famous person, and then when you get the interview, they say what they
have said in every previous interview. But those other people has never
been interviewed in their life, they may have an interesting story to
BM: In India, Journalists
working at grass-root level and bringing out the issues are being
targeted in the recent years. Even here in Orissa many of the
Journalists have been harassed while doing their job! How do you think
that the government and administration should take it?
SM: Any attempt to censor,
or to harass media would usually backfire. The media is quite powerful
so long as it’s broadly united; then it’s an incredibly powerful force.
And, a government that takes on the media as a whole is being very
foolish. What they are trying to do is, pick off one or two people whom
they see as trouble. Then they complain, you did the story about such
and so. And, which is why having some kind of media solidarity is so
important.. And, I would also say, to be honest being a journalist is
not a risk free job. It’s your job as a journalist to tell the truth as
you find it and telling the truth involves risks if you are exposing
people, if you are embarrassing people. That’s part of being a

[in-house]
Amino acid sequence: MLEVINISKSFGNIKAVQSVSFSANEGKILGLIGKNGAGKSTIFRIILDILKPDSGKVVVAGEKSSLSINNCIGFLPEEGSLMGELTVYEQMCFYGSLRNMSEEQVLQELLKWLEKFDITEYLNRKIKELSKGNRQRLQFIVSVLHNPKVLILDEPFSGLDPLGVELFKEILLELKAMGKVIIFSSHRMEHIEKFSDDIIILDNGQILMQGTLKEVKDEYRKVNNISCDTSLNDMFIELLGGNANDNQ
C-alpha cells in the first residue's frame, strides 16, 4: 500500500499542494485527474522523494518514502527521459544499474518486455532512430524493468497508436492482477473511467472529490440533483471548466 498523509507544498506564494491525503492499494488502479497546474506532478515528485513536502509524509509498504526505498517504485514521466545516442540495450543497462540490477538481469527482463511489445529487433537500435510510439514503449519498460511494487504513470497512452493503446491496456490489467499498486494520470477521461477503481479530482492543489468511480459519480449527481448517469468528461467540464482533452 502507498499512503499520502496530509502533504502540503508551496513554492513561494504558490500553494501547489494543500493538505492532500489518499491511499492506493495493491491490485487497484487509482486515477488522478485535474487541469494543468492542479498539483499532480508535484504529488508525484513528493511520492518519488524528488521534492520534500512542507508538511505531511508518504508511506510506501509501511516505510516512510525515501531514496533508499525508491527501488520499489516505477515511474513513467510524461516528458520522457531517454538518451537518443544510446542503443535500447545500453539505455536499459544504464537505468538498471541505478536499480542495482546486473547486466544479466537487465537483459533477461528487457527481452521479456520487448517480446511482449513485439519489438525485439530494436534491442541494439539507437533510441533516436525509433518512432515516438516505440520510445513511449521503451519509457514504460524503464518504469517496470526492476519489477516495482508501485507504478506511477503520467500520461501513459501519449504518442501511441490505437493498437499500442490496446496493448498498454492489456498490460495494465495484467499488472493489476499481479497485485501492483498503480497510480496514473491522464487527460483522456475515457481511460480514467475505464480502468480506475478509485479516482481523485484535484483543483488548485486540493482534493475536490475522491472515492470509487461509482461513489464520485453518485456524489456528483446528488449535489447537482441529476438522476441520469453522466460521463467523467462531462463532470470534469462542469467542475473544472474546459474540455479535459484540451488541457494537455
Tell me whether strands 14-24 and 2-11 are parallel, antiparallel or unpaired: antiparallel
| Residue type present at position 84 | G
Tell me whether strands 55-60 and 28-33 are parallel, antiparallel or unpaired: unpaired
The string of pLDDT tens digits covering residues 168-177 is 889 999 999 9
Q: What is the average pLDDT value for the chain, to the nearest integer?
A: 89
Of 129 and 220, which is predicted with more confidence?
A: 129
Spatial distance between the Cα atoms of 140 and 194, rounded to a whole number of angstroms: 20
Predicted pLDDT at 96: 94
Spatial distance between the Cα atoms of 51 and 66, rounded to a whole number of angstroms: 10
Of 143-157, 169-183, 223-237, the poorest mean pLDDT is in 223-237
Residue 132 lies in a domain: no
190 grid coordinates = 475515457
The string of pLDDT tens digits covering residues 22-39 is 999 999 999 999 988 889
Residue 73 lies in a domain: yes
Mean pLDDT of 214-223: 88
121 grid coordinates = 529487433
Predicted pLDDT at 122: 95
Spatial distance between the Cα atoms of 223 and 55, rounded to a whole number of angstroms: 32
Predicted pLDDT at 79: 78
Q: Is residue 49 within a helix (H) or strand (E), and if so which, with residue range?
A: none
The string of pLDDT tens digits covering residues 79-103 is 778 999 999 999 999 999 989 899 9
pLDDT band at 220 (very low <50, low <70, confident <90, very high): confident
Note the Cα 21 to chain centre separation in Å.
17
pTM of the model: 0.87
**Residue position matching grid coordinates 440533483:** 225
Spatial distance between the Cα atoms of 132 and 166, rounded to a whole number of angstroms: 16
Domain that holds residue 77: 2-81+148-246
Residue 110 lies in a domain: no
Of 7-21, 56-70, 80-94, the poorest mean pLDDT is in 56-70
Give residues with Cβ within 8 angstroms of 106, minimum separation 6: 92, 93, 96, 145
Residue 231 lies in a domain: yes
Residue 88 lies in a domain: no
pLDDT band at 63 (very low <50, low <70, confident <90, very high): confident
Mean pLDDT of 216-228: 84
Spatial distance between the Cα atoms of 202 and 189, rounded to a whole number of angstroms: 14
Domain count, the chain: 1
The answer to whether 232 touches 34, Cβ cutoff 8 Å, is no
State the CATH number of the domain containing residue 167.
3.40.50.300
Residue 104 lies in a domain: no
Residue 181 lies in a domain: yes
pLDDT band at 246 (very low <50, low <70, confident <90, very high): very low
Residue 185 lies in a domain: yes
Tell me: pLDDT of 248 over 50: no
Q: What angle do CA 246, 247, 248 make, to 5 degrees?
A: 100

journalist! I think while going into the profession one should realise
that it’s not totally risk free.
BM: There has been a boom in
Indian media sector. How do you see this boom? Has it helped improving
the quality of journalism in India?
SM: I am not
convinced it helps. It doesn’t necessarily hinder either. And, part of
the problem at the moment is too many of the channels and newspapers are
copying each other. They are not willing to stand up and be different.
Or, from a business point of view, they should aim for different
segments of the market rather than all reach out for the same segments
and end up copying each other. I would love to see more innovation and
more difference in Indian media.
You know, there is some
superb journalism and some very fine journalists working here.
I would wish and, I think, many of them would wish that they got
more training. They should also get more opportunity to discuss
their work, more training to improve their technical skills and
their editorial skills.
You know, I
worked for many many years for the BBC. One of the best things
as an employee has been every year there has been some kind of
professional training. It’s seen as part of being a Journalist;
that, being a journalist isn’t just about doing a story, but
it’s about learning and developing and improving your own skills
in a word.
a journalist is not a risk free job. It’s your job as a
journalist to tell the truth as you find it and telling the
truth involves risks if you are exposing people, if you are
embarrassing people. That’s part of being a journalist!
BM: What will you say about
ethical standards in Indian Journalism today?
SM: Every organisation
should have its editorial guidelines which it’s willing to publish,
which it is willing to adhere by. I think it has been a good development
that The Hindu has a readers’ editor. I think that kind of person who is
half inside, half outside the organisation is a very good way of
checking on the extent to which editorial guidelines and other